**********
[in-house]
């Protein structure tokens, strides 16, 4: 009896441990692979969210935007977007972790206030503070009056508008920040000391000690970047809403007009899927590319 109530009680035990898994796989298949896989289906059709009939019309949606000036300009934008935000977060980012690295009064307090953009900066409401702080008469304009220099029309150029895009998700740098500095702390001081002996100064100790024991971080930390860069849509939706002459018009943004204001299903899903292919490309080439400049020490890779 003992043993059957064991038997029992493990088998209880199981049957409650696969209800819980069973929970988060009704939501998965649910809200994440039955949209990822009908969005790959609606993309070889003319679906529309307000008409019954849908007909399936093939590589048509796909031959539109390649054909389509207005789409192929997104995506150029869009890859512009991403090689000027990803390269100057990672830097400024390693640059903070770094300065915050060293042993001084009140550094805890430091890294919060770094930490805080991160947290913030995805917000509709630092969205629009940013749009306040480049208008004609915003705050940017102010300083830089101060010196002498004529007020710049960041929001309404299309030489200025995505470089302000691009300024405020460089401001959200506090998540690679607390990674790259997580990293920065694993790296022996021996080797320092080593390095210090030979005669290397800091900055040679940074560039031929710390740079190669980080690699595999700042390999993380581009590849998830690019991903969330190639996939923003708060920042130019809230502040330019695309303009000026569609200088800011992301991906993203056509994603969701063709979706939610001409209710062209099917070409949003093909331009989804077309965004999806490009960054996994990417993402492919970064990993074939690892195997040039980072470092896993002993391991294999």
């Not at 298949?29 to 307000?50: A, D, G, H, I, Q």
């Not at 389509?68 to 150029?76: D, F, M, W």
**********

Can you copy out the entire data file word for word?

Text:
[in-house]
């Protein structure tokens, strides 16, 4: 009896441990692979969210935007977007972790206030503070009056508008920040000391000690970047809403007009899927590319 109530009680035990898994796989298949896989289906059709009939019309949606000036300009934008935000977060980012690295009064307090953009900066409401702080008469304009220099029309150029895009998700740098500095702390001081002996100064100790024991971080930390860069849509939706002459018009943004204001299903899903292919490309080439400049020490890779 003992043993059957064991038997029992493990088998209880199981049957409650696969209800819980069973929970988060009704939501998965649910809200994440039955949209990822009908969005790959609606993309070889003319679906529309307000008409019954849908007909399936093939590589048509796909031959539109390649054909389509207005789409192929997104995506150029869009890859512009991403090689000027990803390269100057990672830097400024390693640059903070770094300065915050060293042993001084009140550094805890430091890294919060770094930490805080991160947290913030995805917000509709630092969205629009940013749009306040480049208008004609915003705050940017102010300083830089101060010196002498004529007020710049960041929001309404299309030489200025995505470089302000691009300024405020460089401001959200506090998540690679607390990674790259997580990293920065694993790296022996021996080797320092080593390095210090030979005669290397800091900055040679940074560039031929710390740079190669980080690699595999700042390999993380581009590849998830690019991903969330190639996939923003708060920042130019809230502040330019695309303009000026569609200088800011992301991906993203056509994603969701063709979706939610001409209710062209099917070409949003093909331009989804077309965004999806490009960054996994990417993402492919970064990993074939690892195997040039980072470092896993002993391991294999």
């Not at 298949?29 to 307000?50: A, D, G, H, I, Q």
């Not at 389509?68 to 150029?76: D, F, M, W």